By Smarty — One of many Asthma blogs on SmartLivingNetwork.com
We all know that smoking cigars, pipes and cigarettes is harmful for everyone. Smoking increases your risk of throat cancer, lung cancer, heart disease, emphysema, ulcers, high blood pressure and gum disease. Unfortunately, tobacco smoke has additional harmful effects for those with asthma.
Smoking can increase the frequency and severity of asthma symptoms. When you inhale tobacco smoke, irritating particles such as tar, carbon monoxide, nicotine, etc. settle in the airways of your lungs. If you have asthma, these particles can cause an attack. The smoke also damages the cilia in the airways. These tiny, hair-like projections are supposed to sweep dust and mucus out of the lungs. When they are damaged by smoke they can no longer perform their job. Dust and mucus accumulate in the lungs, causing further irritation. In addition, smoke causes the lungs to make more mucus than usual. The buildup of mucus in the airways can further constrict the airways and cause an attack. Second-hand smoke can be even more harmful to those with asthma because the smoke that burns off the end of a cigarette (or cigar) contains even more harmful particles than smoke inhaled directly from the cigarette.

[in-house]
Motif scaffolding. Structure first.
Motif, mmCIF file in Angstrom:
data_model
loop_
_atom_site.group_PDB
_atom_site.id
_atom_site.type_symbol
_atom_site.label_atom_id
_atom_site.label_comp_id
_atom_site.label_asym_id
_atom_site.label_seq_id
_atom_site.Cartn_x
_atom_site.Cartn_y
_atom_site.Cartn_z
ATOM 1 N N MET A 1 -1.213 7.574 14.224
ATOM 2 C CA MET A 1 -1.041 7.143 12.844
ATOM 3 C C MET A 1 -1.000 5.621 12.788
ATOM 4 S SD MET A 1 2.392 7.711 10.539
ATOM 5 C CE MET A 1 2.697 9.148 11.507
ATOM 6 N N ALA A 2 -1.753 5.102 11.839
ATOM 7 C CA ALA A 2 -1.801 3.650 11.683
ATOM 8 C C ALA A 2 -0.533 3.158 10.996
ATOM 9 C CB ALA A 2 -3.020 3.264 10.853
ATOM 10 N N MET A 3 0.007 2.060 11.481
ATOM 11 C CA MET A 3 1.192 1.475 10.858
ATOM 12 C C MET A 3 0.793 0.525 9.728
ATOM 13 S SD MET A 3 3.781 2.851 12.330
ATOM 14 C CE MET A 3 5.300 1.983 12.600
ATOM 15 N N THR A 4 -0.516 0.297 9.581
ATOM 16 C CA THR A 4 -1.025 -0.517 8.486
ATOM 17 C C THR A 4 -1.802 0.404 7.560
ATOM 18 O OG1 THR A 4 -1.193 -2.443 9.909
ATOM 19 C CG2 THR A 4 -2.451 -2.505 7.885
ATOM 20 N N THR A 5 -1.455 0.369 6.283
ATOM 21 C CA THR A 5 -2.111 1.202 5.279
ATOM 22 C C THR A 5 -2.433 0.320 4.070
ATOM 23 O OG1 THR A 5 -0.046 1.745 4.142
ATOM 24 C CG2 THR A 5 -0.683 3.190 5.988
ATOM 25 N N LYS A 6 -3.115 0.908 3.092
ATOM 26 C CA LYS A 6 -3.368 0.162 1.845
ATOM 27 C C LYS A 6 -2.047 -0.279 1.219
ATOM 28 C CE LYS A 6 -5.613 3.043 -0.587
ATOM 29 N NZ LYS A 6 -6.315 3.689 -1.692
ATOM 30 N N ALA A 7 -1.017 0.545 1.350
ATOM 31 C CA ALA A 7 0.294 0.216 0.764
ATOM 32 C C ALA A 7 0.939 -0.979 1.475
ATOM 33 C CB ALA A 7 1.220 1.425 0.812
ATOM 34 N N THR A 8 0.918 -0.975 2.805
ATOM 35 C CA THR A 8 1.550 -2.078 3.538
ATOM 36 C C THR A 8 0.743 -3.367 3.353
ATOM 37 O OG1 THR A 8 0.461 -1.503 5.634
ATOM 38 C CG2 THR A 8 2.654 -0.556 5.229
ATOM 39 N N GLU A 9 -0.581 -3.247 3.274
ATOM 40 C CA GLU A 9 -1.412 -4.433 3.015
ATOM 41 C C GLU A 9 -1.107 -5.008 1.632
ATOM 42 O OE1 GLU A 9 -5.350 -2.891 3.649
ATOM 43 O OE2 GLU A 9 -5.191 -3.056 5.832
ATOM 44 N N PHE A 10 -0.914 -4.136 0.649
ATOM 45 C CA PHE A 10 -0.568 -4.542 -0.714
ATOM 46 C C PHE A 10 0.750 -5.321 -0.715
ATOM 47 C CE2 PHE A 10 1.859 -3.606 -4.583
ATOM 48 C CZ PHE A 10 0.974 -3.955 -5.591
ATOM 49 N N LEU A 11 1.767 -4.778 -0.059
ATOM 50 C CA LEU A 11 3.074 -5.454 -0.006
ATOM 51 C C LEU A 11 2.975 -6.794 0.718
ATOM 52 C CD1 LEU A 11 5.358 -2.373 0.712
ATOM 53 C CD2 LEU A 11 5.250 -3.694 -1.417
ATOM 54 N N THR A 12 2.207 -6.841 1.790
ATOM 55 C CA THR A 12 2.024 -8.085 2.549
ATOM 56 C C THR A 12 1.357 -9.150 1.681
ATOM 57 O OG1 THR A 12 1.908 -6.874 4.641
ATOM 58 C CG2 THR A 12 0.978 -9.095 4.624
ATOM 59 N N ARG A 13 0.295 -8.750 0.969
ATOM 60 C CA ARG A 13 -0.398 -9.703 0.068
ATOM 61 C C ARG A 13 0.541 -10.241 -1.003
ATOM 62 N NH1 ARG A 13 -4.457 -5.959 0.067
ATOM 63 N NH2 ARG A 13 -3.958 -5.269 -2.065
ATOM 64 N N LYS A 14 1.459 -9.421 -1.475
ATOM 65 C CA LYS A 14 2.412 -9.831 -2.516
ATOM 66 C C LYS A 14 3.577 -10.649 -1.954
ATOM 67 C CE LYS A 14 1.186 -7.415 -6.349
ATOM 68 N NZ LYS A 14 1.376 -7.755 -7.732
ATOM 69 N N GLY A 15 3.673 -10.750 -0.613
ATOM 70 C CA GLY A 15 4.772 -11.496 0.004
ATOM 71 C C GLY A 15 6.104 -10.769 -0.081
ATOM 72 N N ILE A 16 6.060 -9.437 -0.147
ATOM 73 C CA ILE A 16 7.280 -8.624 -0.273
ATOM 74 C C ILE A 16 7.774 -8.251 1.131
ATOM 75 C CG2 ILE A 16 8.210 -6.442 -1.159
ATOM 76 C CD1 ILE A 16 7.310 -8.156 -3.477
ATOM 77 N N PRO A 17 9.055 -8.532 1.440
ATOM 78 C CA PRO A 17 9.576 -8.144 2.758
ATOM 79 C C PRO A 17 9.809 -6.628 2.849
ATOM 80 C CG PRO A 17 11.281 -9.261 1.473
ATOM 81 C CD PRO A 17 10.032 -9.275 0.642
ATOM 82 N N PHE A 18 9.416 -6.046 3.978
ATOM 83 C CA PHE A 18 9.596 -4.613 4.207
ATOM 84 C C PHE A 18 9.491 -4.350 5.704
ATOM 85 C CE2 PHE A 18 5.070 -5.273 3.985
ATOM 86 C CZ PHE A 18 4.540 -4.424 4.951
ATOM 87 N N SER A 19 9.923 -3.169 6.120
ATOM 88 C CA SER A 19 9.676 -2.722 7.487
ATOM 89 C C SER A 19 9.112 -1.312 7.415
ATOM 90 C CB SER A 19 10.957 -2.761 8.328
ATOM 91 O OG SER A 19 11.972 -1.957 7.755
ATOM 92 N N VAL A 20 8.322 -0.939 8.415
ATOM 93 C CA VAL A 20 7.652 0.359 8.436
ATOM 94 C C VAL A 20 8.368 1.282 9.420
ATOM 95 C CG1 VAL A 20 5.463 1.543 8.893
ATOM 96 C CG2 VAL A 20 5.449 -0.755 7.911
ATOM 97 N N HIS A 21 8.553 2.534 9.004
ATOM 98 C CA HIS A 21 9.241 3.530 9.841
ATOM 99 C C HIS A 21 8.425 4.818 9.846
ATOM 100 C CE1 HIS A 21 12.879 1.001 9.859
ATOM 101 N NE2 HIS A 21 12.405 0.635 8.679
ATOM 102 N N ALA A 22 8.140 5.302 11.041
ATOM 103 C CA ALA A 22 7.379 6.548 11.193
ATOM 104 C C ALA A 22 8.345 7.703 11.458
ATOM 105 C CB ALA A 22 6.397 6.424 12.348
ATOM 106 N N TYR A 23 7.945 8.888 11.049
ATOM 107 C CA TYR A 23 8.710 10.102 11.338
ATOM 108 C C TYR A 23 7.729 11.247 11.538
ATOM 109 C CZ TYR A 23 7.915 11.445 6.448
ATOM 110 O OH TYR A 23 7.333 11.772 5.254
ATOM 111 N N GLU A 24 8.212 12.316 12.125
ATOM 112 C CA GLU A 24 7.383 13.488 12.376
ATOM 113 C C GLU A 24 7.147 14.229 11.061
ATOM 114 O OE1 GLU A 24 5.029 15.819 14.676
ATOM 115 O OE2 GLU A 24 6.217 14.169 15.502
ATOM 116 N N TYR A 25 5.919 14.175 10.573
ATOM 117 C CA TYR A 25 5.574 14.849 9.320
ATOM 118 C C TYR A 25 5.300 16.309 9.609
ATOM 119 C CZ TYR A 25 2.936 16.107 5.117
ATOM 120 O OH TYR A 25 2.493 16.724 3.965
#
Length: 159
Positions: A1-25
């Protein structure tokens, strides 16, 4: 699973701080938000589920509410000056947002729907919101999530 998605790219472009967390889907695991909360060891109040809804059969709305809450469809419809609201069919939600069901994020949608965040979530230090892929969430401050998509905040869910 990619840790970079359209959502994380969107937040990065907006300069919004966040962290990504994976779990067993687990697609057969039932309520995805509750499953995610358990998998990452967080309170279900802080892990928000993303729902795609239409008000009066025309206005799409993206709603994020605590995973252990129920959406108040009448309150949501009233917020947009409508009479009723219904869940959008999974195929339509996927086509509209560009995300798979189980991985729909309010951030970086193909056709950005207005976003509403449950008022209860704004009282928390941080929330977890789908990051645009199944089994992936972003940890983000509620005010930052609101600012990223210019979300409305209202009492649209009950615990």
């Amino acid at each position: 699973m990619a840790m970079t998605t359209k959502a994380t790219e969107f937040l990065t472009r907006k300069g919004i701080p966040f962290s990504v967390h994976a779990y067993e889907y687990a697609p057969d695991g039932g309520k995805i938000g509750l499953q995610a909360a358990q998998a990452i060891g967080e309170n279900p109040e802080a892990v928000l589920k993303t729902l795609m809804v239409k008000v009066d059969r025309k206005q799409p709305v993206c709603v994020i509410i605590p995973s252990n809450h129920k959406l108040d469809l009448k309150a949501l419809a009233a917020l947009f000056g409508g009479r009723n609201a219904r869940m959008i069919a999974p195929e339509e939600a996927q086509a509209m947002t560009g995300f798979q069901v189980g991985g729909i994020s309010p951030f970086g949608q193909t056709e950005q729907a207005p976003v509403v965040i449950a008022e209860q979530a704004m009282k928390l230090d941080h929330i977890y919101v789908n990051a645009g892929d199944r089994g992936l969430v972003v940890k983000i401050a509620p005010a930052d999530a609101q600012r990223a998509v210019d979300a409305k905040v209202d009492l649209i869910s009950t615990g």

Smoking not only makes you use your rescue inhaler more often; it blocks the effectiveness of your controller medicine as well. A study funded by the National Asthma Campaign found that oral steroids, an anti-inflammatory drug that keeps asthma symptoms under control, was significantly less effective for smokers Because steroids are less effective, smokers with asthma must quit smoking or consider a different form of treatment. Unfortunately, corticosteroids are the most effective anti-inflammatory drug available.
If you don't already have asthma, being a smoker can increase your chances of developing it later. A Finnish study of 1453 people found that current smokers were 33 percent more likely to develop asthma than nonsmokers. Surprisingly, female smokers were 143% more likely than male smokers to develop asthma.
While smoking is dangerous for everyone, causing disease and death, the habit is even more dangerous for asthmatics. Smoking can trigger attacks, reduce the effectiveness of steroid inhalers and increase the need for rescue inhalers. For those who have not have asthma, smoking increases your risk of developing it. So quit now. It could save your life.
Photo Credit: Toni Blay
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